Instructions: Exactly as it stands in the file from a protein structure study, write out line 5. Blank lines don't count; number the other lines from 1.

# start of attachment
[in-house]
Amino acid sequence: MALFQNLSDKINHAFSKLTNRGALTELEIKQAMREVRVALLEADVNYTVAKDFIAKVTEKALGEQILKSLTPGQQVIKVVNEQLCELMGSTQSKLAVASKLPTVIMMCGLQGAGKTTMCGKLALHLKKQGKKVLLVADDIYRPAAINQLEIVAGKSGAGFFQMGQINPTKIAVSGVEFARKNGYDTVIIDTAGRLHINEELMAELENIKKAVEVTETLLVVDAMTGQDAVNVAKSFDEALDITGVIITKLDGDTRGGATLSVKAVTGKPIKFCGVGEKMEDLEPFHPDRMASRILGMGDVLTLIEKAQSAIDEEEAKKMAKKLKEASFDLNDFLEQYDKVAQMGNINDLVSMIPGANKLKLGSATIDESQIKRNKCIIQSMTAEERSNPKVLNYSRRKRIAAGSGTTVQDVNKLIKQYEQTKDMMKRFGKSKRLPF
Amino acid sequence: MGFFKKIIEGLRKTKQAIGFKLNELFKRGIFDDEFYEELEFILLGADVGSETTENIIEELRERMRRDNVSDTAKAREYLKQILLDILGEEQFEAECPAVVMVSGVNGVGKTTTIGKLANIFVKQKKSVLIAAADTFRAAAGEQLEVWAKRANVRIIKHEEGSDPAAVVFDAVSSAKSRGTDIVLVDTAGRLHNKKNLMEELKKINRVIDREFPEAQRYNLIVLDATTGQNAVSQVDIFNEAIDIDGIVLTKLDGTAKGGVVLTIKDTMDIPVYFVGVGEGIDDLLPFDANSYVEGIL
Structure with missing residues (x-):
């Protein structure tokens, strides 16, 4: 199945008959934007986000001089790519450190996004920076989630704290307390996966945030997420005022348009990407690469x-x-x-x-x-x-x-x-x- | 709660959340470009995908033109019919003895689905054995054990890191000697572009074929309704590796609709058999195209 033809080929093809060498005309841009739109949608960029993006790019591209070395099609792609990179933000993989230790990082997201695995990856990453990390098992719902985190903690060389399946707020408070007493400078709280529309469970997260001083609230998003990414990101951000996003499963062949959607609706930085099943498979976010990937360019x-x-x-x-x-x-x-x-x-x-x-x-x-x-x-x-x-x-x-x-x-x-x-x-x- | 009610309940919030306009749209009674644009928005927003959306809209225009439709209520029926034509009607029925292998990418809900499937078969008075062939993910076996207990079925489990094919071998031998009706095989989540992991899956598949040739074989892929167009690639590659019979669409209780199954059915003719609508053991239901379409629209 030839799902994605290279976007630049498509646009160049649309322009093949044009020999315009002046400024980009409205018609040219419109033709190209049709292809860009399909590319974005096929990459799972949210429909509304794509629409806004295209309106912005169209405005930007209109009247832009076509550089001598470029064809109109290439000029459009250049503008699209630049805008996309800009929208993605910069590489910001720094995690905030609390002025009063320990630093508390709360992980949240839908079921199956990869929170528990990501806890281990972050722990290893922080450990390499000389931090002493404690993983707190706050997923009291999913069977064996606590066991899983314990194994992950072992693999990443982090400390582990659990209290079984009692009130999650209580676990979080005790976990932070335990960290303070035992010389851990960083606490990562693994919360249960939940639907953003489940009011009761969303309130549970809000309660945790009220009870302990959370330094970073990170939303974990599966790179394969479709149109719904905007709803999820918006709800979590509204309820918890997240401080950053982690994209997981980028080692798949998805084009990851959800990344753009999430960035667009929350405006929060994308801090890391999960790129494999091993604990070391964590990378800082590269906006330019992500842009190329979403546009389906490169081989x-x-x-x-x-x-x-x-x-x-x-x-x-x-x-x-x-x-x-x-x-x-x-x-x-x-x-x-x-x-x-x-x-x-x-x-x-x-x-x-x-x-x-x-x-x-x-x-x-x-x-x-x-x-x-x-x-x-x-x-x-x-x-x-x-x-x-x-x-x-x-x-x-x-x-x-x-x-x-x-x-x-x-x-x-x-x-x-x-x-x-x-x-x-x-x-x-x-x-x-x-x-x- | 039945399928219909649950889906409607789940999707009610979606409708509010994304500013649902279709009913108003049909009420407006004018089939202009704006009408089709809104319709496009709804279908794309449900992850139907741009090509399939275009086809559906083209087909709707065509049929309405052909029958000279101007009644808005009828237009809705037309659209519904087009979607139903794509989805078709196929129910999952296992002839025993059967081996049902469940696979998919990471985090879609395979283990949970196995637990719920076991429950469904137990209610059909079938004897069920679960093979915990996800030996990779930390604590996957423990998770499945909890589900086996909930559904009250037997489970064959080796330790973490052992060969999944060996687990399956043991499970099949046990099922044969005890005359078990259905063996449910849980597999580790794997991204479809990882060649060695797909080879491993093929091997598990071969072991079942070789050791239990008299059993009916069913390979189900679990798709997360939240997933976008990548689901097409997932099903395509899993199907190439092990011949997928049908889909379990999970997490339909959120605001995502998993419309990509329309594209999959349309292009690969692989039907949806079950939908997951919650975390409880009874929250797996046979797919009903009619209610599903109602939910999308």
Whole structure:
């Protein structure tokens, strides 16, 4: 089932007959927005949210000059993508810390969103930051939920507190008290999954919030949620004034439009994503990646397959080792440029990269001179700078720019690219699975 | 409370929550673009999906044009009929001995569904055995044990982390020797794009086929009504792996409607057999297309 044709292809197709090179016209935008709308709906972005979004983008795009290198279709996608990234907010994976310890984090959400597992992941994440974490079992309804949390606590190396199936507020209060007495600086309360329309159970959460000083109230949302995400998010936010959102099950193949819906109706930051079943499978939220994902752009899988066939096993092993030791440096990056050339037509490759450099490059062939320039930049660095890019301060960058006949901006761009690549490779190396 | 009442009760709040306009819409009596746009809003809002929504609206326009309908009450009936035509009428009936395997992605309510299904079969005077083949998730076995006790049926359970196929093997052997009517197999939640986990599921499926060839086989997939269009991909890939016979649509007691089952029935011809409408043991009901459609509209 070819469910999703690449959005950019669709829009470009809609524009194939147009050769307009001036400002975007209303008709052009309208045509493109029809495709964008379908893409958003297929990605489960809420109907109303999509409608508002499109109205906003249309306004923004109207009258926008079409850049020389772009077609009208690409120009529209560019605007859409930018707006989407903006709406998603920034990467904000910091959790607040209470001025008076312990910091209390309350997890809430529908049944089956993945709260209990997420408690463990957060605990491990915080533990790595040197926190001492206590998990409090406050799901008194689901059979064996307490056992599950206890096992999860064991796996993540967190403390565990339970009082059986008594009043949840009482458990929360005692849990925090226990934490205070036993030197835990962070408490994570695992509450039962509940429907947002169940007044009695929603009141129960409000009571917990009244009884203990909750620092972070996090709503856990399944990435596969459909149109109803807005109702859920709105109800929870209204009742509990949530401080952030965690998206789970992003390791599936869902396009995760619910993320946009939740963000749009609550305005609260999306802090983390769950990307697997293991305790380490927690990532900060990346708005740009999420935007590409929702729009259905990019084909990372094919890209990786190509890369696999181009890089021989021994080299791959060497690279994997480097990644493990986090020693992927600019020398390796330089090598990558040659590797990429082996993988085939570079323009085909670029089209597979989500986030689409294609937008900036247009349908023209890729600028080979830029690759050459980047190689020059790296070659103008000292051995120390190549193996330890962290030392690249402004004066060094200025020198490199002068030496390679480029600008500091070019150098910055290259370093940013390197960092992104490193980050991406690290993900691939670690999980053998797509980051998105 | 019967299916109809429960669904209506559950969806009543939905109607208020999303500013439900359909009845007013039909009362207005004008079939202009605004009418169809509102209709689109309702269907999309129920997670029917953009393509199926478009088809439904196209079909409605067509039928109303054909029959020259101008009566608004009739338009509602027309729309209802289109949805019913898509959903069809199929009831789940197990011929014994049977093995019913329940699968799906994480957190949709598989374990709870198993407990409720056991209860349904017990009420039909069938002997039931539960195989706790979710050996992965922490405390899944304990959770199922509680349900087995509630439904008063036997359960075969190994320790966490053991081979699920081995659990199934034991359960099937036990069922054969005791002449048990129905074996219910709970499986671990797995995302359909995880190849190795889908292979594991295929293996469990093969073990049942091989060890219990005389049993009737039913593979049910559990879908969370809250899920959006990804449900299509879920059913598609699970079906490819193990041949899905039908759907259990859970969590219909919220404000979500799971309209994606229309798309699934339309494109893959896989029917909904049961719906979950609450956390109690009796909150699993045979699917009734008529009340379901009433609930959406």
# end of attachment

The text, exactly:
């Protein structure tokens, strides 16, 4: 199945008959934007986000001089790519450190996004920076989630704290307390996966945030997420005022348009990407690469x-x-x-x-x-x-x-x-x- | 709660959340470009995908033109019919003895689905054995054990890191000697572009074929309704590796609709058999195209 033809080929093809060498005309841009739109949608960029993006790019591209070395099609792609990179933000993989230790990082997201695995990856990453990390098992719902985190903690060389399946707020408070007493400078709280529309469970997260001083609230998003990414990101951000996003499963062949959607609706930085099943498979976010990937360019x-x-x-x-x-x-x-x-x-x-x-x-x-x-x-x-x-x-x-x-x-x-x-x-x- | 009610309940919030306009749209009674644009928005927003959306809209225009439709209520029926034509009607029925292998990418809900499937078969008075062939993910076996207990079925489990094919071998031998009706095989989540992991899956598949040739074989892929167009690639590659019979669409209780199954059915003719609508053991239901379409629209 030839799902994605290279976007630049498509646009160049649309322009093949044009020999315009002046400024980009409205018609040219419109033709190209049709292809860009399909590319974005096929990459799972949210429909509304794509629409806004295209309106912005169209405005930007209109009247832009076509550089001598470029064809109109290439000029459009250049503008699209630049805008996309800009929208993605910069590489910001720094995690905030609390002025009063320990630093508390709360992980949240839908079921199956990869929170528990990501806890281990972050722990290893922080450990390499000389931090002493404690993983707190706050997923009291999913069977064996606590066991899983314990194994992950072992693999990443982090400390582990659990209290079984009692009130999650209580676990979080005790976990932070335990960290303070035992010389851990960083606490990562693994919360249960939940639907953003489940009011009761969303309130549970809000309660945790009220009870302990959370330094970073990170939303974990599966790179394969479709149109719904905007709803999820918006709800979590509204309820918890997240401080950053982690994209997981980028080692798949998805084009990851959800990344753009999430960035667009929350405006929060994308801090890391999960790129494999091993604990070391964590990378800082590269906006330019992500842009190329979403546009389906490169081989x-x-x-x-x-x-x-x-x-x-x-x-x-x-x-x-x-x-x-x-x-x-x-x-x-x-x-x-x-x-x-x-x-x-x-x-x-x-x-x-x-x-x-x-x-x-x-x-x-x-x-x-x-x-x-x-x-x-x-x-x-x-x-x-x-x-x-x-x-x-x-x-x-x-x-x-x-x-x-x-x-x-x-x-x-x-x-x-x-x-x-x-x-x-x-x-x-x-x-x-x-x-x- | 039945399928219909649950889906409607789940999707009610979606409708509010994304500013649902279709009913108003049909009420407006004018089939202009704006009408089709809104319709496009709804279908794309449900992850139907741009090509399939275009086809559906083209087909709707065509049929309405052909029958000279101007009644808005009828237009809705037309659209519904087009979607139903794509989805078709196929129910999952296992002839025993059967081996049902469940696979998919990471985090879609395979283990949970196995637990719920076991429950469904137990209610059909079938004897069920679960093979915990996800030996990779930390604590996957423990998770499945909890589900086996909930559904009250037997489970064959080796330790973490052992060969999944060996687990399956043991499970099949046990099922044969005890005359078990259905063996449910849980597999580790794997991204479809990882060649060695797909080879491993093929091997598990071969072991079942070789050791239990008299059993009916069913390979189900679990798709997360939240997933976008990548689901097409997932099903395509899993199907190439092990011949997928049908889909379990999970997490339909959120605001995502998993419309990509329309594209999959349309292009690969692989039907949806079950939908997951919650975390409880009874929250797996046979797919009903009619209610599903109602939910999308």